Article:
Why so special 2
Although the study of the number and location static equilibrium points in rigid bodies dates back to the time of Archimedes, one of the most fundamental questions on the subject has remained open until very recently. How few equilibrium points can a single solid object have?
While there were strong indications that this minimal number should be 4, one of the greatest mathematicians of the 20th century, Vladimir Igorevich Arnold, thought otherwise and suggested in 1995 that the minimal number may be 2. This speculation baffled many scientists as no one had ever seen an object with just 2 equilibrium points. Ten years later, Arnold’s theory turned out to be correct, as two Hungarian engineers first proved the existence of such objects and subsequently built a physically functioning shape which they named the “Gömböc.” The first functioning Gömböc (with individual serial number 001) was donated in Moscow, on August 20th 2007 by the inventors of the project to Arnold on the occasion of his 70th birthday. Here, upon receiving Gömböc 001, Arnold offered further thoughts connecting the Gömböc to natural sciences.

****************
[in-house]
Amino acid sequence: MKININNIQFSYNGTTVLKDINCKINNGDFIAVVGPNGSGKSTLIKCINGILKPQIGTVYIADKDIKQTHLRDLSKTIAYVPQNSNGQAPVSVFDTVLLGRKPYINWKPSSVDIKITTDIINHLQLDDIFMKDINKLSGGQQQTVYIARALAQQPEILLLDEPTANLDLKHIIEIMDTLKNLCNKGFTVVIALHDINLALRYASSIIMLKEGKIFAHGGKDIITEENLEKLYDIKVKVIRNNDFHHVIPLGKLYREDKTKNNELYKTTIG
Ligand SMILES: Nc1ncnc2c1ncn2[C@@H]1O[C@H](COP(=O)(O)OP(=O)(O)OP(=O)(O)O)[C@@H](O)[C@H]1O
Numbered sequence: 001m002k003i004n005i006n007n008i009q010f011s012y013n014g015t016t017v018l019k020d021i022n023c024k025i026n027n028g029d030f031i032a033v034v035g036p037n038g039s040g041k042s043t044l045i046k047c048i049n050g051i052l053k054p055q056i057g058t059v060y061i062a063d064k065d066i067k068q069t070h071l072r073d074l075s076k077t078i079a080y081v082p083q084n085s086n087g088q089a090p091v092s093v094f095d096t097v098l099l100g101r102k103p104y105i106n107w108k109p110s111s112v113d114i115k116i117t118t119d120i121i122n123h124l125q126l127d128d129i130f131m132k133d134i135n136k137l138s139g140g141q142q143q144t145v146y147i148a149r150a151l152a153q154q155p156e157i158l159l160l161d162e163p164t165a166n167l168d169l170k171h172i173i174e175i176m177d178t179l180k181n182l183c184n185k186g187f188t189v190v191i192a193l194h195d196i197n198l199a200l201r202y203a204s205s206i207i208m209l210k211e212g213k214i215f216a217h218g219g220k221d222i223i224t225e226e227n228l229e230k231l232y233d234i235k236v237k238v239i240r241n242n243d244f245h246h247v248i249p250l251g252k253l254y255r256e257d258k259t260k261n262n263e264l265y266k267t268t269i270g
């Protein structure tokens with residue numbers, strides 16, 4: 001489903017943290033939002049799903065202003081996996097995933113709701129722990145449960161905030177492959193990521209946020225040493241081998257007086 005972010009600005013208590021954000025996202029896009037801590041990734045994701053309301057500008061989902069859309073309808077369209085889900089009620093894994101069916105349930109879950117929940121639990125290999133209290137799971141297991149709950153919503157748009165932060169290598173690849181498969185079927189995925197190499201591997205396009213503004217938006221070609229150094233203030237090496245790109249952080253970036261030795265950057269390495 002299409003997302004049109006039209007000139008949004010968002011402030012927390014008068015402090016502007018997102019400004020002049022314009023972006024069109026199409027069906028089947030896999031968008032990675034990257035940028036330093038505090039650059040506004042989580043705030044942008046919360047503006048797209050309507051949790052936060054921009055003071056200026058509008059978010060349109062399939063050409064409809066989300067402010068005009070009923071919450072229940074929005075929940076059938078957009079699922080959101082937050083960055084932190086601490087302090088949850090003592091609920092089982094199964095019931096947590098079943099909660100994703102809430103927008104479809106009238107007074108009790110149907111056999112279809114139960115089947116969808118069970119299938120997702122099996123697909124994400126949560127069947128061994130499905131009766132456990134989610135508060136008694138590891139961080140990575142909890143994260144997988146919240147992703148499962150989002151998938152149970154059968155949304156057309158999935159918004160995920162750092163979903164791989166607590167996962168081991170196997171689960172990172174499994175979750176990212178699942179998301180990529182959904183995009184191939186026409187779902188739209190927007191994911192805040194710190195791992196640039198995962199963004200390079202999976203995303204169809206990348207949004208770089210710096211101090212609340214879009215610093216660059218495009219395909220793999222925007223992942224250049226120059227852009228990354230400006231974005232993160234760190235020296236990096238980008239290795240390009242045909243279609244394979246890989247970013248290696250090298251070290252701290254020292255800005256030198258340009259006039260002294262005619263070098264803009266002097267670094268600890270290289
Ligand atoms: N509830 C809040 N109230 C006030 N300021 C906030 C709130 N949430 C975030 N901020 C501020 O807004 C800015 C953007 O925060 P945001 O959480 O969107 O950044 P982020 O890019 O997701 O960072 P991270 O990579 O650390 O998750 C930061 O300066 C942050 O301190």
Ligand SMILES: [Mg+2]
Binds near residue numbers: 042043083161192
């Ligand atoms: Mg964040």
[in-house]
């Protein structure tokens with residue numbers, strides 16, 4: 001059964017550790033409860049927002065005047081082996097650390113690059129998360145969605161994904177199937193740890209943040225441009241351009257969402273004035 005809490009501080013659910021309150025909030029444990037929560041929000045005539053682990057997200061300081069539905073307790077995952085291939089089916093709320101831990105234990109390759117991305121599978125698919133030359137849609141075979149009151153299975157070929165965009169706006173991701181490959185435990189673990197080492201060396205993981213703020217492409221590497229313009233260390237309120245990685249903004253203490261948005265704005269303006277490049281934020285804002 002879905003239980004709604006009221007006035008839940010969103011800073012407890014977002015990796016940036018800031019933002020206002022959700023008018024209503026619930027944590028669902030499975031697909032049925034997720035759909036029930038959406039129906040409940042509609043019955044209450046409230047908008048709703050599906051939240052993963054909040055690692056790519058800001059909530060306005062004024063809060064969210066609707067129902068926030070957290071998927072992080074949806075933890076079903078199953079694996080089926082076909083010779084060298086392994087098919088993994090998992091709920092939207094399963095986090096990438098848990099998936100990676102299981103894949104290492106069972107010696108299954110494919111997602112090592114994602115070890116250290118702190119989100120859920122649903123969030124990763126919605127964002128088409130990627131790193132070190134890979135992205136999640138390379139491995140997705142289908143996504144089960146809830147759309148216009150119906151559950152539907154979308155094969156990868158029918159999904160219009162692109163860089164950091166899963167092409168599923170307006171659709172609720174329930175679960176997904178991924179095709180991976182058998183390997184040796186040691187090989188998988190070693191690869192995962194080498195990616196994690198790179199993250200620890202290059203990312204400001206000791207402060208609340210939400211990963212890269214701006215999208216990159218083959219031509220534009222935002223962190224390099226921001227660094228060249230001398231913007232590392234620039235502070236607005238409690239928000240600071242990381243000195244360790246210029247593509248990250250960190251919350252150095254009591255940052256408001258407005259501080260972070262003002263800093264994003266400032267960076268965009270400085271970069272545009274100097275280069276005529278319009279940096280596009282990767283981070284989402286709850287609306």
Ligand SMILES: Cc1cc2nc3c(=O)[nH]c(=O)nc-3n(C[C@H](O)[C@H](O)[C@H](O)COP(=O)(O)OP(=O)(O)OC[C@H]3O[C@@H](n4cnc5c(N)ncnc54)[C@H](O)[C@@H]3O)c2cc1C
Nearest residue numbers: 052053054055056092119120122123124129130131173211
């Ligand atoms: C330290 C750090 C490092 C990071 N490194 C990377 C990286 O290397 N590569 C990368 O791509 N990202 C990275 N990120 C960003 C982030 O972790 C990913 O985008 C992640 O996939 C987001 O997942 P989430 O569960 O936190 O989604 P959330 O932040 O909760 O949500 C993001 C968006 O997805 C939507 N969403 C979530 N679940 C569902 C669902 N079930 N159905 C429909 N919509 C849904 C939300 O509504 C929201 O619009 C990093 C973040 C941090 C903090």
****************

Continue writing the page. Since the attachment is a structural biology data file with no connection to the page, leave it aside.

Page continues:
Although he did not live to know, Arnold was once again proved to be right. The Gömböc shape appears to be deeply embedded in the natural world. For example, as pebbles erode they reduce their number of equilibrium points and thus, in this sense, become more similar to the Gömböc. However, it is extremely unlikely that any pebble would ever reach this ultimate goal. Using this theory, scientists can draw wide-ranging conclusions on the history of a worn pebble or rock – based alone on its shape. If you are interested in further fun facts about Gömböc, stay updated and follow our blog for more news!
You can find more information on the background of this unique mathematical innovation at www.gomboc.eu.